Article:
Saturday, February 12, 2011

Ancient Writing: Undeciphered Voynich Manuscript Dated to Early 15th Century

That's the early 1400's.  So very interesting - hasn't the Turin Shroud also been carbon-dated to about that same time period?  Two enigmatic survivors from a time we think we know about - and yet, what do we really know about then, or now, for that matter? 

University of Arizona experts determine age of book 'nobody can read'
10 Feb 2011
University of Arizona

While enthusiasts across the world pored over the Voynich manuscript, penned by an unknown author in a language no one understands, a research team at the University of Arizona solved one of its biggest mysteries: When was the book made?

[Excerpted] University of Arizona researchers have cracked one of the puzzles surrounding what has been called "the world's most mysterious manuscript" – the Voynich manuscript, a book filled with drawings and writings nobody has been able to make sense of to this day.

Using radiocarbon dating, a team led by Greg Hodgins in the UA's department of physics has found the manuscript's parchment pages date back to the early 15th century, making the book a century older than scholars had previously thought. ...

Currently owned by the Beinecke Rare Book and Manuscript Library of Yale University, the manuscript was discovered in the Villa Mondragone near Rome in 1912 by antique book dealer Wilfrid Voynich while sifting through a chest of books offered for sale by the Society of Jesus. Voynich dedicated the remainder of his life to unveiling the mystery of the book's origin and deciphering its meanings. He died 18 years later, without having wrestled any its secrets from the book.

"Is it a code, a cipher of some kind? People are doing statistical analysis of letter use and word use – the tools that have been used for code breaking. But they still haven't figured it out."

The Voynich manuscript's unintelligible writings and strange illustrations have defied every attempt at understanding their meaning. Credit: Beinecke Rare Book and Manuscript Library, Yale University.  td>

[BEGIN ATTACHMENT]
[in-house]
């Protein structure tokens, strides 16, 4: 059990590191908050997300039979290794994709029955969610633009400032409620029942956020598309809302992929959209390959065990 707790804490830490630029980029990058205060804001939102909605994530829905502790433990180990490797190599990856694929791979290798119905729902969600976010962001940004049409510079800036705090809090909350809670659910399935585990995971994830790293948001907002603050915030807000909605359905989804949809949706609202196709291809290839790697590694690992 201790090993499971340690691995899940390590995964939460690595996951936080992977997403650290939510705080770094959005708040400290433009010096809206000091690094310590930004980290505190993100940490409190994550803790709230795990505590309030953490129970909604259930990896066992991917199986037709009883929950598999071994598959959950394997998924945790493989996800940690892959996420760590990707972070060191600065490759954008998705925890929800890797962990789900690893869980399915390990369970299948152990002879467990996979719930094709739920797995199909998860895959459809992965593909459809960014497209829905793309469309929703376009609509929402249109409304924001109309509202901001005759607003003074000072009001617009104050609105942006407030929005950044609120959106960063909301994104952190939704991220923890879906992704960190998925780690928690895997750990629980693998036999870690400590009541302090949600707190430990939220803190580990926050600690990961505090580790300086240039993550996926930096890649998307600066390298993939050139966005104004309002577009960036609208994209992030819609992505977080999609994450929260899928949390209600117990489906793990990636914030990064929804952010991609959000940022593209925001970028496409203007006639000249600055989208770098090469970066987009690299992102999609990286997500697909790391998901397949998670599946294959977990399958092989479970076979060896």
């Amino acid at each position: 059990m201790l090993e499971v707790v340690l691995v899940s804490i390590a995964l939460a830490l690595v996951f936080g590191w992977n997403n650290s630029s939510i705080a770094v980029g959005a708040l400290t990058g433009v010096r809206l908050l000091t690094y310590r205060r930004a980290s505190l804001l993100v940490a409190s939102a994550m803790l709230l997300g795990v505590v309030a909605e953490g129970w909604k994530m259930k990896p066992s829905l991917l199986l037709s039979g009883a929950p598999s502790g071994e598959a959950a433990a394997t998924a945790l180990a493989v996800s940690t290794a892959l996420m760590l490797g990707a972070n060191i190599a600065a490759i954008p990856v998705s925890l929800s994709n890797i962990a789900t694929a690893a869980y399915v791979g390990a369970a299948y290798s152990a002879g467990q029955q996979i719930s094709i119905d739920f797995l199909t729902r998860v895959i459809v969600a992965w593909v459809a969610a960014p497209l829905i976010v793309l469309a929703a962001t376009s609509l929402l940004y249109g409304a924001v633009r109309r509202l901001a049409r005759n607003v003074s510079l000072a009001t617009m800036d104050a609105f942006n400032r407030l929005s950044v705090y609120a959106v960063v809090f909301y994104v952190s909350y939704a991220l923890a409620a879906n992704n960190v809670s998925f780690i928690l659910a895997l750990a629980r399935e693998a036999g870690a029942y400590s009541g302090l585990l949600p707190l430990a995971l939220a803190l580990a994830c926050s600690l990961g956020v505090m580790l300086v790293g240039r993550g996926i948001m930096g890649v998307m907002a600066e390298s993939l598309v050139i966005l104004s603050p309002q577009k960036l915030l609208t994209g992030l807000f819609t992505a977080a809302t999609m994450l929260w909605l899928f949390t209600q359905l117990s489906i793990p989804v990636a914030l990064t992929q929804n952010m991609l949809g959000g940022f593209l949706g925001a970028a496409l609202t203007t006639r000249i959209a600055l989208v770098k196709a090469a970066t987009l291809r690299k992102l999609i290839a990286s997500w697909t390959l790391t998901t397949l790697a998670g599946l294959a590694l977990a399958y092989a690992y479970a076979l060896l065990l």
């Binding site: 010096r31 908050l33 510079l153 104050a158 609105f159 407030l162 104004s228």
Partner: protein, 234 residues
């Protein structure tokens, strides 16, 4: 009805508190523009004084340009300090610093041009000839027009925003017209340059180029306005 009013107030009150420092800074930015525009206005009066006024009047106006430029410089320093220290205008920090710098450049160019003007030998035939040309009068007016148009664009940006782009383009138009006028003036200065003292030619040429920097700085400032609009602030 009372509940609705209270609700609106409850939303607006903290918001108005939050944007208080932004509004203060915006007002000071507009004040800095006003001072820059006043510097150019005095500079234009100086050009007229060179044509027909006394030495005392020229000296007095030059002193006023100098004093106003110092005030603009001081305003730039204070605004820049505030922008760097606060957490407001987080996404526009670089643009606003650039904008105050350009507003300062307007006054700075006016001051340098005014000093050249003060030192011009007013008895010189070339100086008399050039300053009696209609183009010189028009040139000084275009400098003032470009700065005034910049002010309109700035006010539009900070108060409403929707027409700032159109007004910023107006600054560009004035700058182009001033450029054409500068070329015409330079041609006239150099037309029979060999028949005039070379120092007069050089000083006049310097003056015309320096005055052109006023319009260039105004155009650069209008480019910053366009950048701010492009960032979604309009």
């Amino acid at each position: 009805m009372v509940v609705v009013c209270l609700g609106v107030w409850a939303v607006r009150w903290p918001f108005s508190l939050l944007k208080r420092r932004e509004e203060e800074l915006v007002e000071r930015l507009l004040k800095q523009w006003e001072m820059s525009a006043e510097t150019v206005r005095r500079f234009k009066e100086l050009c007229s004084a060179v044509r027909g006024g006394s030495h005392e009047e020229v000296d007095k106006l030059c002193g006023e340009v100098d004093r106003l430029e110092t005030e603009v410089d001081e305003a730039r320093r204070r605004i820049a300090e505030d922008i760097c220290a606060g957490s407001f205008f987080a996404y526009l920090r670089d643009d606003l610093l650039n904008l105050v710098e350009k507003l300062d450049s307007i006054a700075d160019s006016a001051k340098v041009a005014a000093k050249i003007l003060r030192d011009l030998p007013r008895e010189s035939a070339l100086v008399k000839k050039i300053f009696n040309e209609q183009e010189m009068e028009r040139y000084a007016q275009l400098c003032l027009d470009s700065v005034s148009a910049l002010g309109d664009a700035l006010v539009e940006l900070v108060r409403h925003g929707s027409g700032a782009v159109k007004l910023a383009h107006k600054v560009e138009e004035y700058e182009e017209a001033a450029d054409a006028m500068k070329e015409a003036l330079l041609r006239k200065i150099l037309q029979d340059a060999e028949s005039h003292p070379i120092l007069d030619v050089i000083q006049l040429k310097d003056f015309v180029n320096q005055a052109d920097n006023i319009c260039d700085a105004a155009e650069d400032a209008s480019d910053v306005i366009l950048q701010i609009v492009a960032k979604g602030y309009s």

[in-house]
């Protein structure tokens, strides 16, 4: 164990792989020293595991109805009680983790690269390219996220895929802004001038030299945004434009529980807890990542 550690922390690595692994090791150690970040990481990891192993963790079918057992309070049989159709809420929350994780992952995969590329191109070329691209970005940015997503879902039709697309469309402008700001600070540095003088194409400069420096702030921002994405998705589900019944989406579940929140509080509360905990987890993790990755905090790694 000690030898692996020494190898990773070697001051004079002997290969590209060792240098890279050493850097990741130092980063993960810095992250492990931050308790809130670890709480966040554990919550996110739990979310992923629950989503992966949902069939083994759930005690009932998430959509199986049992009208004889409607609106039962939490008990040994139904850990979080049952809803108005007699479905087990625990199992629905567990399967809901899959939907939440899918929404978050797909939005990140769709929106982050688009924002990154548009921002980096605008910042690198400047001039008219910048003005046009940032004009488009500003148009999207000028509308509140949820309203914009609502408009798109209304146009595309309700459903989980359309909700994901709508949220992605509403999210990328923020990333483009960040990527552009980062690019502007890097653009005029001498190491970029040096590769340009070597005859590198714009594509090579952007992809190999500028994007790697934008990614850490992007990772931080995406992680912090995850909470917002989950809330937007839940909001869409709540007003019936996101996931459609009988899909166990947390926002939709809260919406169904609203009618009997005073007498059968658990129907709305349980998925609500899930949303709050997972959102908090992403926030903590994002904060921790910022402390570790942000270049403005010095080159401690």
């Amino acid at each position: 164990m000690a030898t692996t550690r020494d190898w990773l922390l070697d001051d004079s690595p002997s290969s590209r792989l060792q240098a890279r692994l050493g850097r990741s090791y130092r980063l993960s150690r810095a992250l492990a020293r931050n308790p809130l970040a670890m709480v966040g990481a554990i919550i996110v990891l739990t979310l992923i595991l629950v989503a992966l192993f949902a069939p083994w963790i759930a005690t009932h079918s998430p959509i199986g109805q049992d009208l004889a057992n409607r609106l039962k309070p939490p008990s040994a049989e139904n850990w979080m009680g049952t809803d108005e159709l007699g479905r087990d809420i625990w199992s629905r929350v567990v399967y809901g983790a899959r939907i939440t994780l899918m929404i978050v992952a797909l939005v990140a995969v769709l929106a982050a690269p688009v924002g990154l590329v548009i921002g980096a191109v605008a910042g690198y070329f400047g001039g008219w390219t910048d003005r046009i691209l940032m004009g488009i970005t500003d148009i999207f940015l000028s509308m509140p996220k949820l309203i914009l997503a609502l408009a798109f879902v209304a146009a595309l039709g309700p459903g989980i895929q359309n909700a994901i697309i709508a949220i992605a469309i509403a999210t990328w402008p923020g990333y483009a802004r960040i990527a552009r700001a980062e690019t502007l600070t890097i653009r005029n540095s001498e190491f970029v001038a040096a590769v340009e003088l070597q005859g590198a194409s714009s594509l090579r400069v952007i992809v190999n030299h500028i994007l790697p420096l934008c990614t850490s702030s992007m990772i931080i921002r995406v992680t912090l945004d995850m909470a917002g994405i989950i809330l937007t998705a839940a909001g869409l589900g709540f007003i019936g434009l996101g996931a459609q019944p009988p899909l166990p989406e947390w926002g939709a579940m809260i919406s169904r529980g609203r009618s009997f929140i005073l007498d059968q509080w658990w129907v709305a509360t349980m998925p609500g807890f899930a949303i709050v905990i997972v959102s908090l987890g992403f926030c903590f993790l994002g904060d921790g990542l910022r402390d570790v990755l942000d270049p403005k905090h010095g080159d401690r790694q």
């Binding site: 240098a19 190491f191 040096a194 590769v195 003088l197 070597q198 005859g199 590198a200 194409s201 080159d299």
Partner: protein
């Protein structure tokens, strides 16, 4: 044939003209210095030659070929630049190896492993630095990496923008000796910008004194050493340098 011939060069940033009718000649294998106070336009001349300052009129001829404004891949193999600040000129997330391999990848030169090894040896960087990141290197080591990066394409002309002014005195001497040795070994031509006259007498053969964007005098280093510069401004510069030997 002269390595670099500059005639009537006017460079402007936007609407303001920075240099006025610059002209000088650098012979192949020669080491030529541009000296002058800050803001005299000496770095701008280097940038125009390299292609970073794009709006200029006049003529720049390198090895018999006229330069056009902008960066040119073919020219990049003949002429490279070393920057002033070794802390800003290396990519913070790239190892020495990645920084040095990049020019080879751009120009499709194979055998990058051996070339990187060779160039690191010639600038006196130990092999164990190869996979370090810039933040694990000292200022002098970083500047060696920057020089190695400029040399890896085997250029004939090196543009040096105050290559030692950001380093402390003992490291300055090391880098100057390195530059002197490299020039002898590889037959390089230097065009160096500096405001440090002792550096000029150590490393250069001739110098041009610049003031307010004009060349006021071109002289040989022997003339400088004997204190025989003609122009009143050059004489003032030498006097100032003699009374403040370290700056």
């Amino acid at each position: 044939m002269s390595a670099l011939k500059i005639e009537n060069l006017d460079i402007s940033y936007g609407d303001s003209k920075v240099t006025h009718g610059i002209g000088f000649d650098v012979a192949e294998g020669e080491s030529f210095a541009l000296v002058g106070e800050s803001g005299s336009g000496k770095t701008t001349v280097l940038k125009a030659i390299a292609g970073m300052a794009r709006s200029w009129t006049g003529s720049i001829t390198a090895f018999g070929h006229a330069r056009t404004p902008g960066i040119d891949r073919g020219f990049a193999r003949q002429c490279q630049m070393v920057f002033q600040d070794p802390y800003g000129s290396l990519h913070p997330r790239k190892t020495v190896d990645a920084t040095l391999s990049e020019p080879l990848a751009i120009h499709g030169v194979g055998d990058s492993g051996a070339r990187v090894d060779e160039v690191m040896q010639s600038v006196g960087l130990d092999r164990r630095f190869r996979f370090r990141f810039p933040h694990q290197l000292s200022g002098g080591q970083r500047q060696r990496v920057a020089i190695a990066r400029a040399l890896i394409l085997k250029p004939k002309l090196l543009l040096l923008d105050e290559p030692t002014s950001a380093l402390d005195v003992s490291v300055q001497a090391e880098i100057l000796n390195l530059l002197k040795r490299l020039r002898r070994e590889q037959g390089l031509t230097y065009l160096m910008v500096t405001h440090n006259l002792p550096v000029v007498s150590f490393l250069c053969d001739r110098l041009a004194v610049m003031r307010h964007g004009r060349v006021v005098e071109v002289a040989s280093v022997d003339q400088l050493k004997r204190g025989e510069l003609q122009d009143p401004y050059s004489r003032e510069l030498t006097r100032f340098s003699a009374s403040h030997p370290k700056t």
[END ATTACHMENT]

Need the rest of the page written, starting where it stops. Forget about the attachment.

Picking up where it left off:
Okay. Where have we seen this kind of pattern before? In board games, darlings! Think about it. Is this not a Nine Man's Morris gameboard?  I'm not saying about what's in the rest of the book - but this drawing - heh. 

Looks like the stuff one sees under one's very first microscope!  I got one when I was in seventh grade (I was 13) for Christmas, and I spent many happy hours in the attic over the next four years exploring the microscopic world of whatever it was I could find to put on a glass slide and put under the magnification lenses.  I'm sure it did not cost a lot of money.  My parents were poor and there were six children to provide for -- but that little microscope opened up a new universe to me.  I could see, up close, for the very first time, that there were, literally, worlds within worlds within worlds.  I didn't spent much time in that un-insultated attic during the winter, it was friggging cold up there, let me tell you!  But I had my own little world-fort up there, and NO ONE was allowed to cross the magic line, which was sometimes hung with a blanket-curtain, that constantly fell down.  When we moved to a house across the street that my parents bought the year I entered high school (1966 - an eon ago), that microscope moved too, and I set up a "lab" in the attic of the new house, which had three dormer windows and roomy bays!  It was a real change from the old house, but the floor still creaked and it was still dusty and mouldy and hot as hell in the summer and cold as hell in the winter.  I chose the west-facing bay to set up my new lab, and spent many hours crunched up with a blanket wrapped around in the cool days in Grandpa Newton's green leather club chair that we'd inherited after he passed. 

Well, I haven't thought about these things for a long long time, and it's making me very sad right now.

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